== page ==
IFFY EDIBLES - Proceed at your own risk

LESSER CELANDINE -  Ranunculus Ficaria

  Flowers (2425723494) cropped.jpg       

FROM: https://pfaf.org/user/Plant.aspx?LatinName=Ranunculus+ficaria

CAUTION: All parts of the plant are poisonous. The toxins are unstable and of low toxicity, they are easily destroyed by heat or by drying[19]. The sap can cause irritation to the skin[65]. Do not use internally. Stop using the herb if breathing problems or chest & throat tightness [301].

EDIBLE: leaves & root - Young leaves in spring - raw or cooked as a potherb[2, 74, 105, 183]. The first leaves in spring make an excellent salad[9]. The leaves, stalks and buds can be used like spinach[9], whilst the blanched stems are also eaten[46, 183]. The leaves turn poisonous as the fruit matures[74]. Caution is advised regarding the use of this plant for food, see the notes above on toxicity. Bulbils - cooked and used as a vegetable[9, 105]. The bulbils are formed at the leaf axils and also at the roots[9, 183]. Caution is advised, see the notes above on toxicity. The flower buds make a good substitute for capers[183].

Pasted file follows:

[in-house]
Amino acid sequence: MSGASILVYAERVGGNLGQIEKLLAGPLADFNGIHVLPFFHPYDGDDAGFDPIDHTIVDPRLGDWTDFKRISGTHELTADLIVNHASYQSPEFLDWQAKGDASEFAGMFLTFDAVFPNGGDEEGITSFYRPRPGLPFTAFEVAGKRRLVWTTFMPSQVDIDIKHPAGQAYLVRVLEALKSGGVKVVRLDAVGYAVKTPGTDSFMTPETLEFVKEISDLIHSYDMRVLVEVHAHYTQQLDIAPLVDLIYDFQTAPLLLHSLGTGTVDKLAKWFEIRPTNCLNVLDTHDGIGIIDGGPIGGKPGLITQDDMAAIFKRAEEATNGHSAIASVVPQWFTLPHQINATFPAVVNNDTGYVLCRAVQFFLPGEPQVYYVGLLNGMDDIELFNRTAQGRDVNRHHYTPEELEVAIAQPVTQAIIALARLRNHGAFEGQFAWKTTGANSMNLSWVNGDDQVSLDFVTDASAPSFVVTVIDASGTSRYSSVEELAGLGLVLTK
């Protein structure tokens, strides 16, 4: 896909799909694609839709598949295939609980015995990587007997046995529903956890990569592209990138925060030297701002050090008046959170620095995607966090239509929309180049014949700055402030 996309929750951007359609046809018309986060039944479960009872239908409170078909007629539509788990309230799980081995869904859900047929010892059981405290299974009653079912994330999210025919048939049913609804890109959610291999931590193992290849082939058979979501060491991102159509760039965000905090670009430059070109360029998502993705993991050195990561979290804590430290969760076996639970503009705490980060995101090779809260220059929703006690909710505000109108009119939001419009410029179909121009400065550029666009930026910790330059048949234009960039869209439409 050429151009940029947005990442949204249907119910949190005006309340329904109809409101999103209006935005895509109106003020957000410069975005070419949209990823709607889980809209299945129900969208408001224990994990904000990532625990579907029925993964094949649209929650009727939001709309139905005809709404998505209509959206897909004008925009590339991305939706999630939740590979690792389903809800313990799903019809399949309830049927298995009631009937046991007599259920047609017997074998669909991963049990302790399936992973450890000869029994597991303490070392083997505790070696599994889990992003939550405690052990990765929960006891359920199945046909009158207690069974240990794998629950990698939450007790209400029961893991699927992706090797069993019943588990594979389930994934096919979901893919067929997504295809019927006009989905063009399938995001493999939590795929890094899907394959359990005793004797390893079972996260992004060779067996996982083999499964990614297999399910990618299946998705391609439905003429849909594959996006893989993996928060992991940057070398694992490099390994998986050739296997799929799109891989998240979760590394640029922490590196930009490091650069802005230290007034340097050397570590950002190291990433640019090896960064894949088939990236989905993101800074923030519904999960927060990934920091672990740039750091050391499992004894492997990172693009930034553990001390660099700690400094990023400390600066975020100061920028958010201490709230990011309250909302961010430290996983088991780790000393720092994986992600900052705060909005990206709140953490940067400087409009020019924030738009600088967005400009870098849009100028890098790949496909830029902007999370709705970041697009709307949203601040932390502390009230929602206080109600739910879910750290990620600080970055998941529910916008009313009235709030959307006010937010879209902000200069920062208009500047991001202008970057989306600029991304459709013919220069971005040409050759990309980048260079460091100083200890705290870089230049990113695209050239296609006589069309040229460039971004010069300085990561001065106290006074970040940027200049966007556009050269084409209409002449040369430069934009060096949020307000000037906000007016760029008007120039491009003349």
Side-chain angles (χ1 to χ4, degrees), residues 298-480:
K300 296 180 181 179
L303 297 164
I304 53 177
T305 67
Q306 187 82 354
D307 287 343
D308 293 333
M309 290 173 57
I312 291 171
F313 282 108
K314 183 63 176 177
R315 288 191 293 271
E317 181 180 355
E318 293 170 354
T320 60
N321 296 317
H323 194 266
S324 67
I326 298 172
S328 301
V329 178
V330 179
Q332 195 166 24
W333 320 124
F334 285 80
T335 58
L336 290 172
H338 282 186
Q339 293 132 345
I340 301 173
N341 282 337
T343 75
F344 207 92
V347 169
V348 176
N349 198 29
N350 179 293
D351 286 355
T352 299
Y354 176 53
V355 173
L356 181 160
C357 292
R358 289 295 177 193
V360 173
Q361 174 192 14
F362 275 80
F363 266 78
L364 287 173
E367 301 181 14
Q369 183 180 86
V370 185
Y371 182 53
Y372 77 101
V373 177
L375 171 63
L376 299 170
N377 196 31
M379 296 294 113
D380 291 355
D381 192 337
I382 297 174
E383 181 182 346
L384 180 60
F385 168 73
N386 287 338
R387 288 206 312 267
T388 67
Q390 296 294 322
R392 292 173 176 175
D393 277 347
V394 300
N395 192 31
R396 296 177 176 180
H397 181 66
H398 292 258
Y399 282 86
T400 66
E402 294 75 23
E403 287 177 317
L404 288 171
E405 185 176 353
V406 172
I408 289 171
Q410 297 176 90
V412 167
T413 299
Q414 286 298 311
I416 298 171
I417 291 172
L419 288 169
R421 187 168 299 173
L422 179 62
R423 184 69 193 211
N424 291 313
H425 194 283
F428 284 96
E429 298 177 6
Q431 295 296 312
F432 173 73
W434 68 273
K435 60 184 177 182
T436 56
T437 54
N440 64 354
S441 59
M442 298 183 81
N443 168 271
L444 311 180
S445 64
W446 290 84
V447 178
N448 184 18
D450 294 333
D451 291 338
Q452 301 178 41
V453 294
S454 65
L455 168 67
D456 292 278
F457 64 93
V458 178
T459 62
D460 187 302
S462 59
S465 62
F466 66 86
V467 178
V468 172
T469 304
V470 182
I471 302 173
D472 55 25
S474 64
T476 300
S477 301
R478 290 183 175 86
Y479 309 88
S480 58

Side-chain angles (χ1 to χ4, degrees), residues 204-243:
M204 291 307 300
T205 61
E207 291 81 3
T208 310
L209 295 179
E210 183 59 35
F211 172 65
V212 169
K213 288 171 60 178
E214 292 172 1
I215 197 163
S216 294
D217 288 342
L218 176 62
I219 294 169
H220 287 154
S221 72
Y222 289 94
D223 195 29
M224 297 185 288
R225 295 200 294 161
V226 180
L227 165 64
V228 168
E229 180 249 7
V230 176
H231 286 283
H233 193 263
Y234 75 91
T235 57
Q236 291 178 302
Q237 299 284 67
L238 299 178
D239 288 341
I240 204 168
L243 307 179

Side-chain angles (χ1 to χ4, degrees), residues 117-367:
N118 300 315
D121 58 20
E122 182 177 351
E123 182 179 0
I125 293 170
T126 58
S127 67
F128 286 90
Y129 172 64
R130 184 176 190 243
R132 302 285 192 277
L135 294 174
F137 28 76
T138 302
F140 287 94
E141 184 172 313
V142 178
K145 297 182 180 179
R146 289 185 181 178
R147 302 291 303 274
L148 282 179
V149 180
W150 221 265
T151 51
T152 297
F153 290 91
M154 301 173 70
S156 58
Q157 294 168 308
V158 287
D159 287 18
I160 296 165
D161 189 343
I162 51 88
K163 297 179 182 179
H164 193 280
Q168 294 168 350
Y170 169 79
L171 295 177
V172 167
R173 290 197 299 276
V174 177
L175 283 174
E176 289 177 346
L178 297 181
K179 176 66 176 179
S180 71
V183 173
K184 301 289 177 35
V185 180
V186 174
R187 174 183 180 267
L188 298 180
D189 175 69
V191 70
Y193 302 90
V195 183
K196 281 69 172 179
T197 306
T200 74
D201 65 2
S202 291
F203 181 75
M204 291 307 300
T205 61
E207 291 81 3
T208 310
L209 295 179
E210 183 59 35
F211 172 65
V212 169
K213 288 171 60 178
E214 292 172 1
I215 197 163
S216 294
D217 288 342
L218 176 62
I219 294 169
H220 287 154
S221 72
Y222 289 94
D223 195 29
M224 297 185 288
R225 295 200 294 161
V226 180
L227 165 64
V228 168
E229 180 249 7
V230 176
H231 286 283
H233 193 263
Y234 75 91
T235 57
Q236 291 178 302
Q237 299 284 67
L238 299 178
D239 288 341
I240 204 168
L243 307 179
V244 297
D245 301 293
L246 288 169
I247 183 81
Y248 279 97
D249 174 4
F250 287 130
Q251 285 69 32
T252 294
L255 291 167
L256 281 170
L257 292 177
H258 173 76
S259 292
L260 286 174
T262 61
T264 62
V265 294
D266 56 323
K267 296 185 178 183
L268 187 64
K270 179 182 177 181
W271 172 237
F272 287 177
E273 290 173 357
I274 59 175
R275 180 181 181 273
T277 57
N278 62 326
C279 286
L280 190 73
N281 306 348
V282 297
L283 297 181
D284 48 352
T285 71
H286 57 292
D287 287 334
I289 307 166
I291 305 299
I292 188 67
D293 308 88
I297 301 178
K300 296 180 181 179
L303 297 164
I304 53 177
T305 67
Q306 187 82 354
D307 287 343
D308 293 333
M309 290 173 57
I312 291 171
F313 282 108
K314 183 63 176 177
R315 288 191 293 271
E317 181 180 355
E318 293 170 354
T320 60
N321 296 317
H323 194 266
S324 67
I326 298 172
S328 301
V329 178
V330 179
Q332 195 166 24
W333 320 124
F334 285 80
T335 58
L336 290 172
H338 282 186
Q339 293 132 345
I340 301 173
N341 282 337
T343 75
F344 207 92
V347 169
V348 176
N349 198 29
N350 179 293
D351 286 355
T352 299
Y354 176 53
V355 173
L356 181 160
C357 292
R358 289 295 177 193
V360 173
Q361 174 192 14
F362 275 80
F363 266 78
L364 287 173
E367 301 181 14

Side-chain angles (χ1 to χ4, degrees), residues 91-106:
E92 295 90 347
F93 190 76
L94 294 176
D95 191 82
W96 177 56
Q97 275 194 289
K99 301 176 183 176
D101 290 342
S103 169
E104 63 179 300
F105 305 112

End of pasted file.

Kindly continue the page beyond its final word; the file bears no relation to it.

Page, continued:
MEDICINAL: Lesser celandine has been used for thousands of years in the treatment of haemorrhoids and ulcers[254]. It is not recommended for internal use because it contains several toxic components[254]. The whole plant, including the roots, is astringent[4, 165, 238]. It is harvested when flowering in March and April and dried for later use[4]. It is widely used as a remedy for piles and is considered almost a specific[4, 238]. An infusion can be taken internally or it can be made into an ointment and used externally[4, 238]. It is also applied externally to perineal damage after childbirth[238]. Some caution is advised because it can cause irritation to sensitive skins[244].